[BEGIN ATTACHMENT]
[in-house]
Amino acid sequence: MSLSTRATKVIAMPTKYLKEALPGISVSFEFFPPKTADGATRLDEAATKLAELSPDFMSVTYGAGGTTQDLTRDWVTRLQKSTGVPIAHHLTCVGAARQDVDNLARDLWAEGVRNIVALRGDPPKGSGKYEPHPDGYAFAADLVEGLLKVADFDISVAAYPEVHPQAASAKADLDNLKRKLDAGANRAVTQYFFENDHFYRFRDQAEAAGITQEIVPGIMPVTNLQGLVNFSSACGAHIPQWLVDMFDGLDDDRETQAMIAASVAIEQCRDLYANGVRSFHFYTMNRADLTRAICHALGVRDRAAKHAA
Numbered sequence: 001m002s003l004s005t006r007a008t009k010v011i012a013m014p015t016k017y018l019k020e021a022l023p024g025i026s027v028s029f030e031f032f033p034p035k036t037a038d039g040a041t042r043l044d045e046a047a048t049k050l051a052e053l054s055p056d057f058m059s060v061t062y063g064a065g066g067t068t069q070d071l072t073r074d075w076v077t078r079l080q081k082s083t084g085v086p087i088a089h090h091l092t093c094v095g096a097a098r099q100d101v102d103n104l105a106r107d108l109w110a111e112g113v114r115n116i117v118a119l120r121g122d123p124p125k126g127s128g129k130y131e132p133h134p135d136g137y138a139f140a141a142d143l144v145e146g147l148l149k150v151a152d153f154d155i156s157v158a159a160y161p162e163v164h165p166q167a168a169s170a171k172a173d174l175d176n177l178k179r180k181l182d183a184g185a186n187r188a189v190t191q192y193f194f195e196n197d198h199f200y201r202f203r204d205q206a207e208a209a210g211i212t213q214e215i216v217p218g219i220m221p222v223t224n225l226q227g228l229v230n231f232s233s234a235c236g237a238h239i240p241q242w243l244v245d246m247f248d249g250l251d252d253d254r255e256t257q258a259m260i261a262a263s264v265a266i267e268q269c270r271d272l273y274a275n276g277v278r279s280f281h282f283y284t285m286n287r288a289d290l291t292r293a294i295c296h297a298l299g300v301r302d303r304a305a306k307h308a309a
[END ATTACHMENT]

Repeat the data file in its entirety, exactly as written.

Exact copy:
[in-house]
Amino acid sequence: MSLSTRATKVIAMPTKYLKEALPGISVSFEFFPPKTADGATRLDEAATKLAELSPDFMSVTYGAGGTTQDLTRDWVTRLQKSTGVPIAHHLTCVGAARQDVDNLARDLWAEGVRNIVALRGDPPKGSGKYEPHPDGYAFAADLVEGLLKVADFDISVAAYPEVHPQAASAKADLDNLKRKLDAGANRAVTQYFFENDHFYRFRDQAEAAGITQEIVPGIMPVTNLQGLVNFSSACGAHIPQWLVDMFDGLDDDRETQAMIAASVAIEQCRDLYANGVRSFHFYTMNRADLTRAICHALGVRDRAAKHAA
Numbered sequence: 001m002s003l004s005t006r007a008t009k010v011i012a013m014p015t016k017y018l019k020e021a022l023p024g025i026s027v028s029f030e031f032f033p034p035k036t037a038d039g040a041t042r043l044d045e046a047a048t049k050l051a052e053l054s055p056d057f058m059s060v061t062y063g064a065g066g067t068t069q070d071l072t073r074d075w076v077t078r079l080q081k082s083t084g085v086p087i088a089h090h091l092t093c094v095g096a097a098r099q100d101v102d103n104l105a106r107d108l109w110a111e112g113v114r115n116i117v118a119l120r121g122d123p124p125k126g127s128g129k130y131e132p133h134p135d136g137y138a139f140a141a142d143l144v145e146g147l148l149k150v151a152d153f154d155i156s157v158a159a160y161p162e163v164h165p166q167a168a169s170a171k172a173d174l175d176n177l178k179r180k181l182d183a184g185a186n187r188a189v190t191q192y193f194f195e196n197d198h199f200y201r202f203r204d205q206a207e208a209a210g211i212t213q214e215i216v217p218g219i220m221p222v223t224n225l226q227g228l229v230n231f232s233s234a235c236g237a238h239i240p241q242w243l244v245d246m247f248d249g250l251d252d253d254r255e256t257q258a259m260i261a262a263s264v265a266i267e268q269c270r271d272l273y274a275n276g277v278r279s280f281h282f283y284t285m286n287r288a289d290l291t292r293a294i295c296h297a298l299g300v301r302d303r304a305a306k307h308a309a